National Technology Transfer and Advancement Act of 1995 (15 U.S.C. 272 
note) because application of those requirements would be inconsistent 
with the CAA; and
     Does not provide EPA with the discretionary authority to 
address, as appropriate, disproportionate human health or environmental 
effects, using practicable and legally permissible methods, under 
Executive Order 12898 (59 FR 7629, February 16, 1994).
    In addition, the SIP is not approved to apply on any Indian 
reservation land or in any other area where EPA or an Indian tribe has 
demonstrated that a tribe has jurisdiction. In those areas of Indian 
country, the rule does not have tribal implications and will not impose 
substantial direct costs on tribal governments or preempt tribal law as 
specified by Executive Order 13175 (65 FR 67249, November 9, 2000).
    The Congressional Review Act, 5 U.S.C. 801 et seq., as added by the 
Small Business Regulatory Enforcement Fairness Act of 1996, generally 
provides that before a rule may take effect, the agency promulgating 
the rule must submit a rule report, which includes a copy of the rule, 
to each House of the Congress and to the Comptroller General of the 
United States. EPA will submit a report containing this action and 
other required information to the U.S. Senate, the U.S. House of 
Representatives, and the Comptroller General of the United States prior 
to publication of the rule in the Federal Register. A major rule cannot 
take effect until 60 days after it is published in the Federal 
Register. This action is not a ``major rule'' as defined by 5 U.S.C. 
804(2).

V. Judicial Review

    Under section 307(b)(1) of the CAA, petitions for judicial review 
of this action must be filed in the United States Court of Appeals for 
the appropriate circuit by May 14, 2018. Filing a petition for 
reconsideration by the Administrator of this final rule does not affect 
the finality of this action for the purposes of judicial review nor 
does it extend the time within which a petition for judicial review may 
be filed, and shall not postpone the effectiveness of such rule or 
action. This action may not be challenged later in proceedings to 
enforce its requirements. (See section 307(b)(2)).

List of Subjects

40 CFR Part 52

    Environmental protection, Air pollution control, Incorporation by 
reference, Intergovernmental relations, Lead, Reporting and 
recordkeeping requirements.

[[Page 10799]]

40 CFR Part 81

    Environmental protection, Administrative practice and procedure, 
Air pollution control, Designations and classifications, 
Intergovernmental relations, Lead, Reporting and recordkeeping 
requirements.

    Dated: February 27, 2018.
Cathy Stepp,
Regional Administrator, Region 5.

    40 CFR parts 52 and 81 are amended as follows:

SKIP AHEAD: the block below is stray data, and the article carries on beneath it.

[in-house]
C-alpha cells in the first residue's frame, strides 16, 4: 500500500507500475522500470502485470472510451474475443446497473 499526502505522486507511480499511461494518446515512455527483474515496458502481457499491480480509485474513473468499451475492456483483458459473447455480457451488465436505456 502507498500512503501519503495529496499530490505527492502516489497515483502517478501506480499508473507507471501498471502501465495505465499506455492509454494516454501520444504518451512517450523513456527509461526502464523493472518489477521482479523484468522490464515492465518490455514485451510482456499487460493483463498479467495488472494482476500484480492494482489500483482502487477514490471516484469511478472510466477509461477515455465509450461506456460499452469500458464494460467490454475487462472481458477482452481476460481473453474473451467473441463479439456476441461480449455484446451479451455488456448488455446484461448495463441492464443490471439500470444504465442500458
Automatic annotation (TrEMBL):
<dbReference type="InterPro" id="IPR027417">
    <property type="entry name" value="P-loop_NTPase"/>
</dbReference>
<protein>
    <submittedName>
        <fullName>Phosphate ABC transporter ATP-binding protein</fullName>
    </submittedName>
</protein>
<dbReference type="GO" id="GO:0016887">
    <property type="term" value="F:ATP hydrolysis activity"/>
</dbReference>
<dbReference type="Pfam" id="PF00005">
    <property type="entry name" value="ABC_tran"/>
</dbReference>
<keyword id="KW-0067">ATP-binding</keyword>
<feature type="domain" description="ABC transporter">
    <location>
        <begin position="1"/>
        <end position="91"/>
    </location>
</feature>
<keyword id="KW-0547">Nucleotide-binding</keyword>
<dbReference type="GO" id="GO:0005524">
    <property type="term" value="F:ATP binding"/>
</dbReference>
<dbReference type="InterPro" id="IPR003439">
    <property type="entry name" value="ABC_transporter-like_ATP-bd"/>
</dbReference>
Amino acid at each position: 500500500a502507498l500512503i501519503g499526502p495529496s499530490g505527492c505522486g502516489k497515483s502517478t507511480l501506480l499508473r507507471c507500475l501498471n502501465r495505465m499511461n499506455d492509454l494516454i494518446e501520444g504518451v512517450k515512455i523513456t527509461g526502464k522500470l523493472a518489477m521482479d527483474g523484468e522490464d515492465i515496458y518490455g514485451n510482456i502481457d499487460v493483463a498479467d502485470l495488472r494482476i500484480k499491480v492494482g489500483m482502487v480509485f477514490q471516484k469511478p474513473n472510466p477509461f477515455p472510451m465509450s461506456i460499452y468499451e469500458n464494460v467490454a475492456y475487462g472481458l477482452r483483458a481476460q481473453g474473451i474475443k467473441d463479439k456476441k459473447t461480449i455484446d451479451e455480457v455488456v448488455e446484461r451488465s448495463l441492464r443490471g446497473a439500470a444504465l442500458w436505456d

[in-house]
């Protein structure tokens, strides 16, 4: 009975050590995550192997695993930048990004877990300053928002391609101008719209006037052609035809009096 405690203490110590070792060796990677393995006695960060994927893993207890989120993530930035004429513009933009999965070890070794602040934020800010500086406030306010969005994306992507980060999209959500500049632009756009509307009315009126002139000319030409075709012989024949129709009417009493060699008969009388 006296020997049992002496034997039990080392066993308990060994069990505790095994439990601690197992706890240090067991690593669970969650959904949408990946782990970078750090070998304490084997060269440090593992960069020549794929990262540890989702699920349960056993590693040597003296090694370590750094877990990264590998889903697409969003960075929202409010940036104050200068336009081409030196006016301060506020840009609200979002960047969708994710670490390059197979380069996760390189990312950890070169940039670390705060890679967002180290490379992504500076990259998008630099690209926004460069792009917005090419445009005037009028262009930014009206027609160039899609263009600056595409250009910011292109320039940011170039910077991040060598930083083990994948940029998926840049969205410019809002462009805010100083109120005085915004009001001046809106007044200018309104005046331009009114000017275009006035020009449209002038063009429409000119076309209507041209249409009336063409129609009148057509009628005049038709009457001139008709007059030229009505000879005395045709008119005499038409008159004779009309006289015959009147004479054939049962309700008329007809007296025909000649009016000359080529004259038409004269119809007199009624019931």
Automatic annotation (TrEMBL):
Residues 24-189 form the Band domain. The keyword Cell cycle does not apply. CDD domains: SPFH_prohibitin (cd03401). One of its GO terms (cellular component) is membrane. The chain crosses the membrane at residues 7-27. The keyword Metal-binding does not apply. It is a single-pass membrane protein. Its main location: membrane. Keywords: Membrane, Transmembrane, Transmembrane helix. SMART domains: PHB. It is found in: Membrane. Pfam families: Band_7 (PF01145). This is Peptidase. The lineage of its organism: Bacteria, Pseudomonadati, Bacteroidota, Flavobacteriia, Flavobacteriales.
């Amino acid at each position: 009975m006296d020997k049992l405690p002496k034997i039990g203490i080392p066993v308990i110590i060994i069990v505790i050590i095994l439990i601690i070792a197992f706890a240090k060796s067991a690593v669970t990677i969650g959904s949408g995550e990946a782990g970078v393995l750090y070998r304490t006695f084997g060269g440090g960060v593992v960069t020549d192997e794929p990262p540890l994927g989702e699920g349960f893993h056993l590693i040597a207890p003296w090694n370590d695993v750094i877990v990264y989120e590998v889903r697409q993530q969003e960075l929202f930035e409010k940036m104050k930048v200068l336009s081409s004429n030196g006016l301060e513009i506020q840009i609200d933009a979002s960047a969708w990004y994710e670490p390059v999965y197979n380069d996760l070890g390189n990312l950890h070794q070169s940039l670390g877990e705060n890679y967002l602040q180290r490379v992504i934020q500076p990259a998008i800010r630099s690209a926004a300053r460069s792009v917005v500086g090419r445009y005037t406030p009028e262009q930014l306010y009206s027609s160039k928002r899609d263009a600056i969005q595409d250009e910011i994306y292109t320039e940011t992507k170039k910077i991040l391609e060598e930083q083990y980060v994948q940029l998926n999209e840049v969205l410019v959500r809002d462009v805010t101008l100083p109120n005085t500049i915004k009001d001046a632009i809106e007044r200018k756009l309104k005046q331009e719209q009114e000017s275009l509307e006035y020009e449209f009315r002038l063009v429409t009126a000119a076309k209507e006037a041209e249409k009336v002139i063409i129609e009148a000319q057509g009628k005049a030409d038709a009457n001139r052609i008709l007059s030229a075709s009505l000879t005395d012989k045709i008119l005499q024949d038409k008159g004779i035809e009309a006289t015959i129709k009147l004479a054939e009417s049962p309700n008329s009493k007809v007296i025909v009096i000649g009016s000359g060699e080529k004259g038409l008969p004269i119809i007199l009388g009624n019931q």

PART 52--APPROVAL AND PROMULGATION OF IMPLEMENTATION PLANS

0
1. The authority citation for part 52 continues to read as follows:

    Authority: 42 U.S.C. 7401 et seq.

0
2. In Sec.  52.1870, the table in paragraph (e) is amended by adding 
the entry ``Lead (2008)'' after the entry ``Lead (2008)'' (with the 
State date of 6/29/2016) to read as follows:


Sec.  52.1870  Identification of plan.

* * * * *
    (e) * * *

                         EPA-Approved Ohio Nonregulatory and Quasi-Regulatory Provisions
----------------------------------------------------------------------------------------------------------------
                                  Applicable
           Title             geographical or non-    State date        EPA approval             Comments
                                attainment area
----------------------------------------------------------------------------------------------------------------
 
                                                  * * * * * * *
----------------------------------------------------------------------------------------------------------------
                                 Summary of Criteria Pollutant Maintenance Plan
----------------------------------------------------------------------------------------------------------------
 
                                                  * * * * * * *
Lead (2008)................  Delta (partial             4/27/2017  3/13/2018, [insert   Includes approval of the
                              Fulton County).                       Federal Register     2013 lead base year
                                                                    citation].           emissions inventory and
                                                                                         Preventative
                                                                                         Maintenance Plan as
                                                                                         RACM/RACT for the
                                                                                         Bunting Bearing LLC